In 1992, there was a recession that hit Southern California harder than any earthquake I have lived through.  I lost everything of material value – my job, my house, and all my stuff.   Everything I had worked for my entire life, with very few options (or so I thought then), and very little money left.  California became a bad dream as I moved near my family in Phoenix, Arizona.  Probably should mention here that I married in 1967 to escape Phoenix and the family, so having to come back divorced and broke was a fate worse than prison or death (one and the same in my book).

One day, contemplating my financial failures with daily reminders from the family, I wandered into Van’s Rock Shop on 7th Street in Phoenix for lack of a job or anything better to do with my time than write or listen to them.  I must have looked like death walking, wandering up and down the aisles of this block long store.

A young female clerk came over and tapped me on the shoulder.  I thought she was going to ask me if I needed help.  When I turned she handed me a polished rock slice – pale tan with colored concentric rings of dark rust and orange (like a slice of an old cut tree).  I told her I didn’t have the money to pay for it (it was $1.98).

This beautiful young woman with a sandy blond pony tail whispered, “It’s a present.  Remember it took millions of years of stress and pain to create something this beautiful.  It’s yours.”  I clamped my jaw shut, my eyes filled with tears ready to drop, and I nodded “thank you” to keep from sobbing.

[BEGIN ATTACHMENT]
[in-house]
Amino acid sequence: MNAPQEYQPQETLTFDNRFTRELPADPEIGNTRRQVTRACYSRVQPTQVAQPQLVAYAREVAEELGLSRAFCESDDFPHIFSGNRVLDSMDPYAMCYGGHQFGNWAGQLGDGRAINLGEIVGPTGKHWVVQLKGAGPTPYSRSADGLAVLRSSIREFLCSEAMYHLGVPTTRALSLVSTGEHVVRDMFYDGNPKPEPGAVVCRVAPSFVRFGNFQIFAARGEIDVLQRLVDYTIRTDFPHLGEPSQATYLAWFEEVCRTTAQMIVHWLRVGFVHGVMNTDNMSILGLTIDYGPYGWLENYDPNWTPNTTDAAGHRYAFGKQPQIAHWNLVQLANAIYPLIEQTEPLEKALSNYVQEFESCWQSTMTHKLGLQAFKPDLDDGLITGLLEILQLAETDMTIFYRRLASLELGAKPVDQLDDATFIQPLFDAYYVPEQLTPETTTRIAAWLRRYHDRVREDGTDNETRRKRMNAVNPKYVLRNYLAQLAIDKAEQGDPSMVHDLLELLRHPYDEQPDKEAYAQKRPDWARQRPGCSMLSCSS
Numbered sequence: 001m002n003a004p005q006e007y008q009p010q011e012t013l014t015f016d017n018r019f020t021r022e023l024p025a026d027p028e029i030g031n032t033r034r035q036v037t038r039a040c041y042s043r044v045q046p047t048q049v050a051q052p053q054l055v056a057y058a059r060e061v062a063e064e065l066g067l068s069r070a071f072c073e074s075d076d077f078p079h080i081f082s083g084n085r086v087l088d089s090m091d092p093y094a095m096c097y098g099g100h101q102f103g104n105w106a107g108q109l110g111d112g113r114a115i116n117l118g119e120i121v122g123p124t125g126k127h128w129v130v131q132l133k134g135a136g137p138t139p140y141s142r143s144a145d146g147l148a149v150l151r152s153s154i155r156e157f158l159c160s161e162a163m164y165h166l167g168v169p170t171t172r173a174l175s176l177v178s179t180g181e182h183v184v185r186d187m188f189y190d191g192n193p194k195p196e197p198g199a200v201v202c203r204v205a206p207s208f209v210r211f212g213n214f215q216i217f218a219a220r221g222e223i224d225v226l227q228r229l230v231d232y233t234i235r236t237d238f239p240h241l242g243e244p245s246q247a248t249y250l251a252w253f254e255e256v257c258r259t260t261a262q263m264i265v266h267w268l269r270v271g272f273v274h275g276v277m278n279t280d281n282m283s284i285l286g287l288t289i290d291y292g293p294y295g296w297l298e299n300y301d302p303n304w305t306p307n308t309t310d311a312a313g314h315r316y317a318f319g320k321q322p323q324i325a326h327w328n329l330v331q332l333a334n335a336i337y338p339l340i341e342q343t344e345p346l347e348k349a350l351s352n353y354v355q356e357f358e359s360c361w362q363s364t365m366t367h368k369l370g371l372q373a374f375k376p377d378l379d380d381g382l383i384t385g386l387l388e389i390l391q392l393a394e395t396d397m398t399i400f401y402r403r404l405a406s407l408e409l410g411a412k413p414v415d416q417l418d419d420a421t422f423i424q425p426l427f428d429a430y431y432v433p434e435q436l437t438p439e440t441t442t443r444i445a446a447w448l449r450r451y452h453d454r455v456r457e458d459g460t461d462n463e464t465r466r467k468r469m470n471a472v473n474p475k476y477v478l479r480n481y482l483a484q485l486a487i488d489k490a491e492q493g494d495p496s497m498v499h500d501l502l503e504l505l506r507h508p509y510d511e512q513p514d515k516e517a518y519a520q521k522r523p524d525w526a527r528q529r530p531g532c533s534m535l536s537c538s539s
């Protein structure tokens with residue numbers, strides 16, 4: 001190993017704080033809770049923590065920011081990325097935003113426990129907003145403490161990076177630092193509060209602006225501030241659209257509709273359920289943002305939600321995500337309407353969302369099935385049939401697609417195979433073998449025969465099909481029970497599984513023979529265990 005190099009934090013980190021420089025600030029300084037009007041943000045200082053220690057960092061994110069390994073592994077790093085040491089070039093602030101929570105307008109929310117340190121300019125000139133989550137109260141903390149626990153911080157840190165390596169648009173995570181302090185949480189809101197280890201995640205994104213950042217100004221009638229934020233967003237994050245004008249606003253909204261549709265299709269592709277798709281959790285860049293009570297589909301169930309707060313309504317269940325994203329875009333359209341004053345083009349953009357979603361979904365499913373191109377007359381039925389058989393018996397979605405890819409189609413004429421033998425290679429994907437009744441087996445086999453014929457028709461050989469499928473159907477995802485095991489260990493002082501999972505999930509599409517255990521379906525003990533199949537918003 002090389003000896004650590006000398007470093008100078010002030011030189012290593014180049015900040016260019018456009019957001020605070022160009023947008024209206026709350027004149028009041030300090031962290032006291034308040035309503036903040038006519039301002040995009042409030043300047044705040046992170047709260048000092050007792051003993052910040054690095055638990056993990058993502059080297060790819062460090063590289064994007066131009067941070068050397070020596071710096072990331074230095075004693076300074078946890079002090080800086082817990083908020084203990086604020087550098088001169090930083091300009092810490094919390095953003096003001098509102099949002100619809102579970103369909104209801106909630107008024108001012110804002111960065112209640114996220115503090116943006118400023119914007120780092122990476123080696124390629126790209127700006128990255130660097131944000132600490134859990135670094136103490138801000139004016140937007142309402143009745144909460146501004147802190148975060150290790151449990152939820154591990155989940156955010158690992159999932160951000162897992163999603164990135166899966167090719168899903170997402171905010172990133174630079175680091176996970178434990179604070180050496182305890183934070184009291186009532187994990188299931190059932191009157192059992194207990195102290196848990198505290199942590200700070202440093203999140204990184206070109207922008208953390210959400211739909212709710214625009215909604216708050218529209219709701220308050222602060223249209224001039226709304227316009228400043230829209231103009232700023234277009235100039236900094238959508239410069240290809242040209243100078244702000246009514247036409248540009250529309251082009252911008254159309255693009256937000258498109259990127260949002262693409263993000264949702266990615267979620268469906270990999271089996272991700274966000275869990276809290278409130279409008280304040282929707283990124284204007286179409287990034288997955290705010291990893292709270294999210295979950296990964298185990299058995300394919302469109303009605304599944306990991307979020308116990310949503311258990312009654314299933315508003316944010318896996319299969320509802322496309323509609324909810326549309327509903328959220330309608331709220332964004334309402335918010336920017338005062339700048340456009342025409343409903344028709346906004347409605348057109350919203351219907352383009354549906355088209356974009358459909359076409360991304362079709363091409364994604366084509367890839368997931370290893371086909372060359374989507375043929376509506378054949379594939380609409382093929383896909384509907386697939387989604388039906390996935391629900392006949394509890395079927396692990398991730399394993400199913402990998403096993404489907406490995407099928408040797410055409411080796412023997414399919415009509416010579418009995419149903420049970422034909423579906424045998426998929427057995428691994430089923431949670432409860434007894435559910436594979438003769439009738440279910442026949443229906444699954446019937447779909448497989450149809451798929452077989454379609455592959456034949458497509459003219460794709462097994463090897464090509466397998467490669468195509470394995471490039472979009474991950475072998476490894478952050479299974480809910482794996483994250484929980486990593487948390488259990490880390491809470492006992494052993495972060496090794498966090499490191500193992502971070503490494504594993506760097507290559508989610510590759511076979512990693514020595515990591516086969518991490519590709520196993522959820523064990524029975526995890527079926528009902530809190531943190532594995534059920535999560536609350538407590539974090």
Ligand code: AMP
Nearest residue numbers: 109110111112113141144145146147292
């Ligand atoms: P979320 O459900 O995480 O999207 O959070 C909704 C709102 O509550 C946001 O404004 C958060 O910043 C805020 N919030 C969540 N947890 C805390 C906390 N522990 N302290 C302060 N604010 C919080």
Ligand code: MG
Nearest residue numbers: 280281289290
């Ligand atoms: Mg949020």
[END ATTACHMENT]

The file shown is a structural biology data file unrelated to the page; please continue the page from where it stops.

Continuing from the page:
I have a clear glass cookie jar on my desk filled with treasures.  My rock slice and orange rind rose are inside.  Remember it takes millions of years of stress and pain to create something this beautiful.  It’s free, it’s yours.  May I share them with you?

All rights reserved.  ©2009 by Sara Fryd

After Shave

aftershave

The car engulfed
with waves of mulled citrus mist
warmed by your face watching mine
in the mirror from the hallway
as I lacquer on deep burgundy
candy apple lipstick
before the sun awakes early
one April morning.

Memories of orange blossoms
permeating the night sky
on Route 66…
the beige top down on
the old black convertible with red leather seats
When I was eighteen

and Steven French kissed me
behind Paradise Mountain
where the sheriff watched
with the gigantic flashlight
and I was told “good girls” never go
alone.

Underneath the auburn henna
graying hair peeks.
Longer jackets of fine silk smooth the hips
and lengthen the torso.
Longer skirts cover the knees.

And still…

I am overwhelmed by emotions
that smother my driving
North on the 605
with one whiff of warm mulled citrus
transferred from your face
to my sheerest pink silk blouse
during our dark, early morning embraces